There are three major reasons why RI is on the high end of the cost scale, said Wall

“One is because it is a smaller system,” he said.  (In comparison, the Connecticut corrections system houses 17,000 inmates.) “Because it is a smaller system, you have no economies of scale.”  The ACI also suffers from the same rise in expense of such basics as utilities and food costs with which an average citizen has to contend.

“Second, we are known as a ‘unified system,’” said Wall.  “We run a jail (the Intake Center), as well as a prison.”  

He points to Massachusetts as a place that has both local and county jails.  Because RI’s “jail,” where inmates await trial, is part of the ACI, it has to also handle the full functions of a prison, such as providing inmate clothing and doing medical tests, which drive up costs.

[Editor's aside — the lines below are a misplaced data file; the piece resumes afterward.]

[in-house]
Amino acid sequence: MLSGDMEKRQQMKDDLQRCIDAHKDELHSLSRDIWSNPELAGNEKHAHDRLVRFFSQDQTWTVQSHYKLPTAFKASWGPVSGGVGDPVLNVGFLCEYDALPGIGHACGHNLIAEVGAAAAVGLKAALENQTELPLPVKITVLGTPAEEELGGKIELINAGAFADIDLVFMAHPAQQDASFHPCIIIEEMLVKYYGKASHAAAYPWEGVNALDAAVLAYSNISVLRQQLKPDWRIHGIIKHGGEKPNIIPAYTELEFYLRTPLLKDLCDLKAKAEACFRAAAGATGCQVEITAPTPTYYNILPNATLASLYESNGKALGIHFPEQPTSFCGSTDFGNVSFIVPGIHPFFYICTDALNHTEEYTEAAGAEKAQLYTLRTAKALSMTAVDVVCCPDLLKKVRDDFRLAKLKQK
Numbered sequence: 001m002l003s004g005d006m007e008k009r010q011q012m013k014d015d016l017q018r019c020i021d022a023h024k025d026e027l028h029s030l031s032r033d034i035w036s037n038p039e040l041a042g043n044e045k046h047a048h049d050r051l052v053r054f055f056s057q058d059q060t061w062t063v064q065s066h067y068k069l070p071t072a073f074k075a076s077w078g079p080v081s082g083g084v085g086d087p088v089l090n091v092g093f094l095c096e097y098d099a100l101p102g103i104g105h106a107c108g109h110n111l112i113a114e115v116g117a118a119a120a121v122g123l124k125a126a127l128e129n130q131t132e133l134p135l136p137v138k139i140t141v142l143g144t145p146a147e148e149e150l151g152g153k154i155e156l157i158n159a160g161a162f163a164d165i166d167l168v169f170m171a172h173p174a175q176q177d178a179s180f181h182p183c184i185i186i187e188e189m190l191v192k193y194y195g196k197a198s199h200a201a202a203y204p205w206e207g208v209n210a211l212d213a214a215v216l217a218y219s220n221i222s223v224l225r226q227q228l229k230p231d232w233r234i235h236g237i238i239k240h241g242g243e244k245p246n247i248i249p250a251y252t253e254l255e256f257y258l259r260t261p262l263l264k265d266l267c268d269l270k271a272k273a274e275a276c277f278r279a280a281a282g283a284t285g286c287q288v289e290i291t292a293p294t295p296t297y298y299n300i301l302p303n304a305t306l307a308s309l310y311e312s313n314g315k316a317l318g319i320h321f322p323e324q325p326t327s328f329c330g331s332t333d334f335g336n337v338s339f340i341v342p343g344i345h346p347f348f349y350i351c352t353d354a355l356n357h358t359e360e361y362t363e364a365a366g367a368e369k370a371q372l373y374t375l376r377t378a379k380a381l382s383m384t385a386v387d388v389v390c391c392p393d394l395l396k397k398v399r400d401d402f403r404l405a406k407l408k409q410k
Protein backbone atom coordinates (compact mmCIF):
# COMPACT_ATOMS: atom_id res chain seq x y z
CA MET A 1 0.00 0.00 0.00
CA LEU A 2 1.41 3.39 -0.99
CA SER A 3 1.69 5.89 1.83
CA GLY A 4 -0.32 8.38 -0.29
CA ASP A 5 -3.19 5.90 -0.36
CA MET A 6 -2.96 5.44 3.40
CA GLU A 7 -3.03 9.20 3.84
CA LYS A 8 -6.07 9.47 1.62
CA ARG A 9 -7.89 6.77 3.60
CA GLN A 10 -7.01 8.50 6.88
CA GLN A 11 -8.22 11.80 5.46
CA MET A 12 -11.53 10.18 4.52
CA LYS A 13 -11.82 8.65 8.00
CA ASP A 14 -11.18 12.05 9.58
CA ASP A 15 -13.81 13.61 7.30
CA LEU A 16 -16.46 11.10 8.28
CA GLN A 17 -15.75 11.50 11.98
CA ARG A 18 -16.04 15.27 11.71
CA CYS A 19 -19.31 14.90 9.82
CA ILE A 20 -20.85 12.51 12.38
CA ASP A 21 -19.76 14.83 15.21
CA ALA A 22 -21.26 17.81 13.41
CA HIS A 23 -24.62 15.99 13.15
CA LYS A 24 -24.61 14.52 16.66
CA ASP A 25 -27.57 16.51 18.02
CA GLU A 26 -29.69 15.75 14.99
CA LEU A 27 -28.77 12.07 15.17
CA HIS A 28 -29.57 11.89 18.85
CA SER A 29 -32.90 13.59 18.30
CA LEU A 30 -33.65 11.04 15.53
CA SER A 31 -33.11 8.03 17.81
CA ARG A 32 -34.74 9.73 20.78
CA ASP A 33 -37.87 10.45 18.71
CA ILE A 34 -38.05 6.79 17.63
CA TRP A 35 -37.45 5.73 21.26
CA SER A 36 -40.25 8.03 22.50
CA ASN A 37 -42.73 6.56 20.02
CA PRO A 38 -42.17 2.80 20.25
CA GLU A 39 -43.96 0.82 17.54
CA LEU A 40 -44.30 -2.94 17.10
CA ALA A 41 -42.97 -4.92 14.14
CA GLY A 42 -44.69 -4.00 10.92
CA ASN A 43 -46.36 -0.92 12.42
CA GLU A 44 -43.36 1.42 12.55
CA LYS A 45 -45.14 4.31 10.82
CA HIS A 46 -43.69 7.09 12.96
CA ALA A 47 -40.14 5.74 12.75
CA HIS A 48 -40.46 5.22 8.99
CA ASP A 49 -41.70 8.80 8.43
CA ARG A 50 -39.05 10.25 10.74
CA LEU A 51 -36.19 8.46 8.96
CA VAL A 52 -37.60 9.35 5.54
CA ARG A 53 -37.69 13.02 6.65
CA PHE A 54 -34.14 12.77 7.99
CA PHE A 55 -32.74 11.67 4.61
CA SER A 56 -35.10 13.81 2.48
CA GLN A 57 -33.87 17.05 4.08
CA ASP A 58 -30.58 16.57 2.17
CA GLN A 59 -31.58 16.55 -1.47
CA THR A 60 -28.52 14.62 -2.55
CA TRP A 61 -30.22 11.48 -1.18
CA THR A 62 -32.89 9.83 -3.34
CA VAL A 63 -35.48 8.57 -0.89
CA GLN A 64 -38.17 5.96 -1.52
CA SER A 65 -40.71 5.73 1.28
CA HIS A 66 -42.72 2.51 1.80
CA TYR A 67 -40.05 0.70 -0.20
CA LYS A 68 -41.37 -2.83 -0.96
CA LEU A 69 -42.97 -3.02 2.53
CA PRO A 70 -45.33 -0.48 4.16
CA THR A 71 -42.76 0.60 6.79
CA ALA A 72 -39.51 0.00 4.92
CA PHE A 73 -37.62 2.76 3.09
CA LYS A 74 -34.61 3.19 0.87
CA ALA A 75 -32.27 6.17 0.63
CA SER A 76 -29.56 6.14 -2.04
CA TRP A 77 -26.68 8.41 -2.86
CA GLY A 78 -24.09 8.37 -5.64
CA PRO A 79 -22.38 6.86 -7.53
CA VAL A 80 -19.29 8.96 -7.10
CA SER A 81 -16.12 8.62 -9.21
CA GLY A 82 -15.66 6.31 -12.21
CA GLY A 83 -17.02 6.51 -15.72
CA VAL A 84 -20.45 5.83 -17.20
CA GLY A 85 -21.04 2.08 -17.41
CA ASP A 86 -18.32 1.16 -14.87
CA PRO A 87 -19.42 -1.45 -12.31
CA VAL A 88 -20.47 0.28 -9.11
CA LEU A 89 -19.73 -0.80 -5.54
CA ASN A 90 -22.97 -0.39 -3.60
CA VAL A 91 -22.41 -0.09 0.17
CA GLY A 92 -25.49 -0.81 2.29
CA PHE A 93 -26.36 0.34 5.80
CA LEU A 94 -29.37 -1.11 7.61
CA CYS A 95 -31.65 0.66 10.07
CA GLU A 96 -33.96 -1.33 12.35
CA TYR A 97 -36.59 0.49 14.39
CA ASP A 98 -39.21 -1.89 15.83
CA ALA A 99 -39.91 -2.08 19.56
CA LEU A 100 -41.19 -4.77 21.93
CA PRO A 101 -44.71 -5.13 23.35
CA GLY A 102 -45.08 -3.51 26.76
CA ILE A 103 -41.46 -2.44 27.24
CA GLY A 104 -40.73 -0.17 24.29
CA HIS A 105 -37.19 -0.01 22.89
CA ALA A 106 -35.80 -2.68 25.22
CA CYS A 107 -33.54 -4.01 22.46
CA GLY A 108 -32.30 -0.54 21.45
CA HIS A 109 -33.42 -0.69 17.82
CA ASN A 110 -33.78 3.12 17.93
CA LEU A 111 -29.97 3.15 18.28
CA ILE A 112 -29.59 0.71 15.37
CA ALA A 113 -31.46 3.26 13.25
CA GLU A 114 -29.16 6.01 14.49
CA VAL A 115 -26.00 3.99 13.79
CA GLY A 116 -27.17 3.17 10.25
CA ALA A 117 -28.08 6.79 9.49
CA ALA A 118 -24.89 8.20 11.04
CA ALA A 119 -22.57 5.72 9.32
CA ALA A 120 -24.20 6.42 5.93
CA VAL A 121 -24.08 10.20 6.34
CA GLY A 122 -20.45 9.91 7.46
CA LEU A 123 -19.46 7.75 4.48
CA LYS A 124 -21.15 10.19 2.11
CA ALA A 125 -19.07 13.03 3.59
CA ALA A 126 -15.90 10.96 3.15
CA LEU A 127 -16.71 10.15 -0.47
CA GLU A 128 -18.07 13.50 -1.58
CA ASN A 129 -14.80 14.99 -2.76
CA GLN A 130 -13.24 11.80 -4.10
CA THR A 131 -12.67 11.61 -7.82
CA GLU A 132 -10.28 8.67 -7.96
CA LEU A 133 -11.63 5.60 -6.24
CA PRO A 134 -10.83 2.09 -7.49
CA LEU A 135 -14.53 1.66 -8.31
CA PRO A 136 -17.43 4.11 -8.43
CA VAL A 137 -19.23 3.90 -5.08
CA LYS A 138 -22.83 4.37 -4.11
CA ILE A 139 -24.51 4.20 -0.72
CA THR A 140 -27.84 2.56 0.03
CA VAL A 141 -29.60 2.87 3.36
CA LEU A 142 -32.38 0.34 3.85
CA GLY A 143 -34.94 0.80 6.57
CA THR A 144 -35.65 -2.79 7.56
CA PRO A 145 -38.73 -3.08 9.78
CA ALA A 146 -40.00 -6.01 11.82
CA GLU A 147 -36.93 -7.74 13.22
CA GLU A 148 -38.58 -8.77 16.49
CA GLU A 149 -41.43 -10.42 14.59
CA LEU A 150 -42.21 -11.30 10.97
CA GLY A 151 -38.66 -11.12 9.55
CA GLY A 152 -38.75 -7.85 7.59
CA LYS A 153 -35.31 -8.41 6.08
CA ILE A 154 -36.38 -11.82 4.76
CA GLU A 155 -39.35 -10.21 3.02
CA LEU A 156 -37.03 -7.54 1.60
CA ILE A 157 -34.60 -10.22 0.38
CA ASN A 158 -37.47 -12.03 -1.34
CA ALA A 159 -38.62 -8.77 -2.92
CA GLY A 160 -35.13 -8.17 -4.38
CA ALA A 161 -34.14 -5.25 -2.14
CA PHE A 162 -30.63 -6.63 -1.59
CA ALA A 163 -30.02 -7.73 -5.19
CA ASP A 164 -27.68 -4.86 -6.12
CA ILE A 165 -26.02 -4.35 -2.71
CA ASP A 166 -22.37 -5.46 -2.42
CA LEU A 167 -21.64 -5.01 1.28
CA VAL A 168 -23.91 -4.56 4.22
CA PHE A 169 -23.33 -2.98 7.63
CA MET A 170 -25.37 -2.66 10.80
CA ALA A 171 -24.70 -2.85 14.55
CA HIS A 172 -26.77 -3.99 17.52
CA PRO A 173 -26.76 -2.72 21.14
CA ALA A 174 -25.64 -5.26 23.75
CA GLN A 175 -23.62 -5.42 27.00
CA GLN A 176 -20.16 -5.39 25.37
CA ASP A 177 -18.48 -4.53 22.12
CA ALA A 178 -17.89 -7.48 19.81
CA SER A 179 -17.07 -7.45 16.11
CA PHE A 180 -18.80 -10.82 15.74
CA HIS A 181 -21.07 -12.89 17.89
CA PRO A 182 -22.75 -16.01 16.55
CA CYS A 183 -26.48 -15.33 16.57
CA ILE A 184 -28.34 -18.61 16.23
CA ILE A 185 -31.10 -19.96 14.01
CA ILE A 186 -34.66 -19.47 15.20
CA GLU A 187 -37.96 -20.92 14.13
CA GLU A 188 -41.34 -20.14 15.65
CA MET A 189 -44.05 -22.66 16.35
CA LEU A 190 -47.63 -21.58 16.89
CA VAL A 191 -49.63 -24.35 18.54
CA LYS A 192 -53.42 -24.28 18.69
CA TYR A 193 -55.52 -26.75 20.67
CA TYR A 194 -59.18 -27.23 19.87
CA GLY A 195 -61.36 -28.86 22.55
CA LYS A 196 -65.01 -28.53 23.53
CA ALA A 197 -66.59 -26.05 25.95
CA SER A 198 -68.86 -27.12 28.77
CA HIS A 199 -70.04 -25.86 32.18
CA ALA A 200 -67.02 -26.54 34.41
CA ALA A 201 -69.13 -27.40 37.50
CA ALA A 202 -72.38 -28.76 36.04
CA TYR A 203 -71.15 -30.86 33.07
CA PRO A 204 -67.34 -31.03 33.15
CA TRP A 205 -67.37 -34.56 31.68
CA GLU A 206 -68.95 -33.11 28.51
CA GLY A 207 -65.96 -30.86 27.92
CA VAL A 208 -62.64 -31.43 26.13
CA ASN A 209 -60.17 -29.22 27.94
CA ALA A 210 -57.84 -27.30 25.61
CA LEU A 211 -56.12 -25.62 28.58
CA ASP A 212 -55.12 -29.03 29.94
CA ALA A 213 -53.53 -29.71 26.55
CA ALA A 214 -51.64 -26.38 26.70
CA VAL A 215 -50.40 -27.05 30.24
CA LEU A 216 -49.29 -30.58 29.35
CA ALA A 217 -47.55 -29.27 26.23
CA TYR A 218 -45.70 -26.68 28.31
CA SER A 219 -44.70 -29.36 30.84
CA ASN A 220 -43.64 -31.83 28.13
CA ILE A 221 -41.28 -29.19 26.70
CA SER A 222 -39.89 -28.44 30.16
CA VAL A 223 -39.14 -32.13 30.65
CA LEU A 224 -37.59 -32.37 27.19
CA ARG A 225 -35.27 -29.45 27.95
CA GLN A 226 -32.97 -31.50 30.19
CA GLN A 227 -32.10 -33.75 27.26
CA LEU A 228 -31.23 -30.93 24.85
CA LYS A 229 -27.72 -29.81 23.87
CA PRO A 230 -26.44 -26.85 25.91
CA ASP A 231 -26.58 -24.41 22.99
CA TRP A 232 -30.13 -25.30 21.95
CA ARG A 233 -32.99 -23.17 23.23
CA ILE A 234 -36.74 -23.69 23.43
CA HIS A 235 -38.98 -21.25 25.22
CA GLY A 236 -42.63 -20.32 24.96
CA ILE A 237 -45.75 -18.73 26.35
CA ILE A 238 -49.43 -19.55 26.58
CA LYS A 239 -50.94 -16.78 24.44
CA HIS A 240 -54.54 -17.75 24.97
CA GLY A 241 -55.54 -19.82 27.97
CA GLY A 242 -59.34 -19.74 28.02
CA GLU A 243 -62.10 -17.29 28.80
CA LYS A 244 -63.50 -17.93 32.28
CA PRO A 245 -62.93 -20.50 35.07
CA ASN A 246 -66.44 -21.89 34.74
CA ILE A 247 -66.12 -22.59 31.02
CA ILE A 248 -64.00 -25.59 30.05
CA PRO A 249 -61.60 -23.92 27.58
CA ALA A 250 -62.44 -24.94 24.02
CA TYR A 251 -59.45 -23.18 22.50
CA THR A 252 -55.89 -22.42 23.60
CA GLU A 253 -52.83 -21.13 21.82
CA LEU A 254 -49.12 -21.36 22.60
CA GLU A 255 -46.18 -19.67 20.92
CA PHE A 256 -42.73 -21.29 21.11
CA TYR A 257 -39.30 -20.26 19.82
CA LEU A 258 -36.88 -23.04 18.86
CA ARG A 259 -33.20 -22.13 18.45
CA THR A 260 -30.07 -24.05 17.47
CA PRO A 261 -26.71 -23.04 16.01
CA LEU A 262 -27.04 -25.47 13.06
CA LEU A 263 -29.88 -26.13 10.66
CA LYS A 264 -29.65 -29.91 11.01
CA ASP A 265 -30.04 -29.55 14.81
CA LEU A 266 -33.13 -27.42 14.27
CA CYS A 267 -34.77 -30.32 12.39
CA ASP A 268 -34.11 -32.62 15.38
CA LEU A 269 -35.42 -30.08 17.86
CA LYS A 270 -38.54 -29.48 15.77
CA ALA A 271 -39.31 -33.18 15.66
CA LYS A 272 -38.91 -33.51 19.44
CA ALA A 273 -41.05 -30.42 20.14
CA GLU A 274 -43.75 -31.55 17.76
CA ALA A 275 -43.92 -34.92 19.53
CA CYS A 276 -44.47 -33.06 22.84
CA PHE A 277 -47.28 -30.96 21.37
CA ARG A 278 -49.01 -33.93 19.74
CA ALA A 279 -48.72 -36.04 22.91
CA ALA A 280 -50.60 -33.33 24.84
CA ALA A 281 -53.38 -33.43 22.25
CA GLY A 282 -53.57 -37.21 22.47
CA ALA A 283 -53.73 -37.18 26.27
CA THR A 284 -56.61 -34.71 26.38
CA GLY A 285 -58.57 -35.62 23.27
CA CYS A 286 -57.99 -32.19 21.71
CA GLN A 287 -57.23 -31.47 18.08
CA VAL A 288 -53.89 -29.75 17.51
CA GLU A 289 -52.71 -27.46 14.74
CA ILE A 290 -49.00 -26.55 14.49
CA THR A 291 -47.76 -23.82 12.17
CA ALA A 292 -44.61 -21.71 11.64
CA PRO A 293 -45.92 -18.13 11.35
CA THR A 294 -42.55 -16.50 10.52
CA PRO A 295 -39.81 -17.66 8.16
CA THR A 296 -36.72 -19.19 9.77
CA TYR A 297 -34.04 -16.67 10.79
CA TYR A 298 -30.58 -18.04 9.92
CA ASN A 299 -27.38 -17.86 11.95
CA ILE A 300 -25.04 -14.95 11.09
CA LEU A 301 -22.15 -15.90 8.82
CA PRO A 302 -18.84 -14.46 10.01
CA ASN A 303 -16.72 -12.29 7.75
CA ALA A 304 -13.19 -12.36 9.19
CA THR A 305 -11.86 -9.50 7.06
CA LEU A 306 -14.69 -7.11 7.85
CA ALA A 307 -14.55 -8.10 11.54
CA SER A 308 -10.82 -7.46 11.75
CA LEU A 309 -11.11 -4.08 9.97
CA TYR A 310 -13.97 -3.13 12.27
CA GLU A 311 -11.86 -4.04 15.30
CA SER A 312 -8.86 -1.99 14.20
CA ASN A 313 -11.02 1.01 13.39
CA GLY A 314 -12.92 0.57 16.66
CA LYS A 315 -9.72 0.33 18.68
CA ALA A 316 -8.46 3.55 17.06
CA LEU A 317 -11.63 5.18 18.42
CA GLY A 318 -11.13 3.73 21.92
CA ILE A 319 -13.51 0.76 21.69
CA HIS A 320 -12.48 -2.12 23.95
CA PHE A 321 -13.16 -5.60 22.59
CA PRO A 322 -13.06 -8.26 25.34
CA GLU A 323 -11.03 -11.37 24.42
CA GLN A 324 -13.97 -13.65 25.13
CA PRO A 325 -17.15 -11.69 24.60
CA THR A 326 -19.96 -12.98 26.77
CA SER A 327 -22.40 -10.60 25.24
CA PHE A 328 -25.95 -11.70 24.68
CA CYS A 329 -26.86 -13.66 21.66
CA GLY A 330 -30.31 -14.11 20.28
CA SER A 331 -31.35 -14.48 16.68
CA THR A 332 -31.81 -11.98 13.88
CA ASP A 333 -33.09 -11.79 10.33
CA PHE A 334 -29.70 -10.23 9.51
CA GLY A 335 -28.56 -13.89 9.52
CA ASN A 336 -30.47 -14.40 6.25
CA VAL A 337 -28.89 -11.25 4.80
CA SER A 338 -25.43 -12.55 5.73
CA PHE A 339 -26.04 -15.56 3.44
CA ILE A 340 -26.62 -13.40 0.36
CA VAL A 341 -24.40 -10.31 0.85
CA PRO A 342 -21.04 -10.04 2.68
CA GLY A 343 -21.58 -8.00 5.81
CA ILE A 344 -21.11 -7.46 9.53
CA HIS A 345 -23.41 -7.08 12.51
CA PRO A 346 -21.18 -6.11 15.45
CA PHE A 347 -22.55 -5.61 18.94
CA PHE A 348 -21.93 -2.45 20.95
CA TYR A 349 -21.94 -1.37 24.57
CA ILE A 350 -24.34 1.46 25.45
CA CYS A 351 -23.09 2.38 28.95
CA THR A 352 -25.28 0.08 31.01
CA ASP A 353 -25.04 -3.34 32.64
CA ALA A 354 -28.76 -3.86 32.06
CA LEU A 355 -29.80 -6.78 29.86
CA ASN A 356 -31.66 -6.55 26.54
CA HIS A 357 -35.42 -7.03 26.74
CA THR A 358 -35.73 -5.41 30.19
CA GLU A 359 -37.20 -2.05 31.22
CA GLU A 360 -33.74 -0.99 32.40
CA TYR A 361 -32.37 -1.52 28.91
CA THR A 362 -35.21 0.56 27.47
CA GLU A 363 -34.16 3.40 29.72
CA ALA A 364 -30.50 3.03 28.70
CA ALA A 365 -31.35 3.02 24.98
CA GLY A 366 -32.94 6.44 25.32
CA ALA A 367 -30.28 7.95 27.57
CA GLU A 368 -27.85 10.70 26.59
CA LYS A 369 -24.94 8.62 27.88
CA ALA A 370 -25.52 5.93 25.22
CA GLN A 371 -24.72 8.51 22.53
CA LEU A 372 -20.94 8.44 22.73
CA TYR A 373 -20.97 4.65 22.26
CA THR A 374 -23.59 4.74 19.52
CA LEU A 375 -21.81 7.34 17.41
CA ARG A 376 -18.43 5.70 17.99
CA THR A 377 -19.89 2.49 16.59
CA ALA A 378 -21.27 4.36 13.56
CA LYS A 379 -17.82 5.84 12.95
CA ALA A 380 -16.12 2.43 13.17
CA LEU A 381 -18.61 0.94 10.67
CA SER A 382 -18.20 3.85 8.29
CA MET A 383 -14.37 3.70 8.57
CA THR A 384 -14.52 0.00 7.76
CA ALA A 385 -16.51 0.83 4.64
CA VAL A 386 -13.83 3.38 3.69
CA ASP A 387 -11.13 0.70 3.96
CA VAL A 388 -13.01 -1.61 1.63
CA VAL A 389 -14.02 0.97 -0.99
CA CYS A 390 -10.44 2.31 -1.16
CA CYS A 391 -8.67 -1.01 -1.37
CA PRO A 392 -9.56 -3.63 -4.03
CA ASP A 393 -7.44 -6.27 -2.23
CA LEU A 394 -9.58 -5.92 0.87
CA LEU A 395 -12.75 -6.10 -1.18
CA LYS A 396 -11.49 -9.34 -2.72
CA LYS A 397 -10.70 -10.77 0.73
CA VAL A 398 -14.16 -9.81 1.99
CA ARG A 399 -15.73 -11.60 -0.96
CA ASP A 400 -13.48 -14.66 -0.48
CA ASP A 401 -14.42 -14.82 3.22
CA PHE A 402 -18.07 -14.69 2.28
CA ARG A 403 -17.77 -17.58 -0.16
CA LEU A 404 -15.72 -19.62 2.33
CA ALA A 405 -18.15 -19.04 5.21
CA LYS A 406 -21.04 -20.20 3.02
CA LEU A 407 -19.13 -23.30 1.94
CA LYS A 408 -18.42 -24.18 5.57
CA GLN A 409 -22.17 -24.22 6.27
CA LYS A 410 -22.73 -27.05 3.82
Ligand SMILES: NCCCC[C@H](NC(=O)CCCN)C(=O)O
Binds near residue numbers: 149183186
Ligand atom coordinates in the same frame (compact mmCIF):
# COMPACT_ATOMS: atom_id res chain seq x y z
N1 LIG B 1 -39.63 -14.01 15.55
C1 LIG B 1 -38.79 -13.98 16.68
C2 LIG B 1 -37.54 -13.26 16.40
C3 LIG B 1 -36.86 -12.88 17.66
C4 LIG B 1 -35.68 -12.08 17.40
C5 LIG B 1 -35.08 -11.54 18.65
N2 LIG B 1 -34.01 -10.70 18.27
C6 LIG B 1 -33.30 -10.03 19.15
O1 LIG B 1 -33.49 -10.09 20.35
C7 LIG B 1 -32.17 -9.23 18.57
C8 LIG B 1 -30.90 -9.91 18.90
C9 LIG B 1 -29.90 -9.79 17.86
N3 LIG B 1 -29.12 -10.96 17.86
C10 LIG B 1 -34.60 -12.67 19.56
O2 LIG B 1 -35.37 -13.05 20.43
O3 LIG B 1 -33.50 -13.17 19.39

Director an Advocate for Guards

The third part is “our compensation is higher for our COs,” said Wall.

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“Why?  Because it is a strong labor state," he says. “But candidly, our staff deserve it. They do hard work. And in many states, if the job is low-paying, the turnover rate is high.”

“I want my staff well compensated,” Wall said. “I’m an advocate for it.”

He proudly points to the ACI’s safety record:  "Rhode Island is one of the safest systems in the nation,” Wall said.  “There have been no riots in the 20 years I have been here. In the 12 years I have been director, there has only been one escape from a secure facility.  And there have been no homicides.”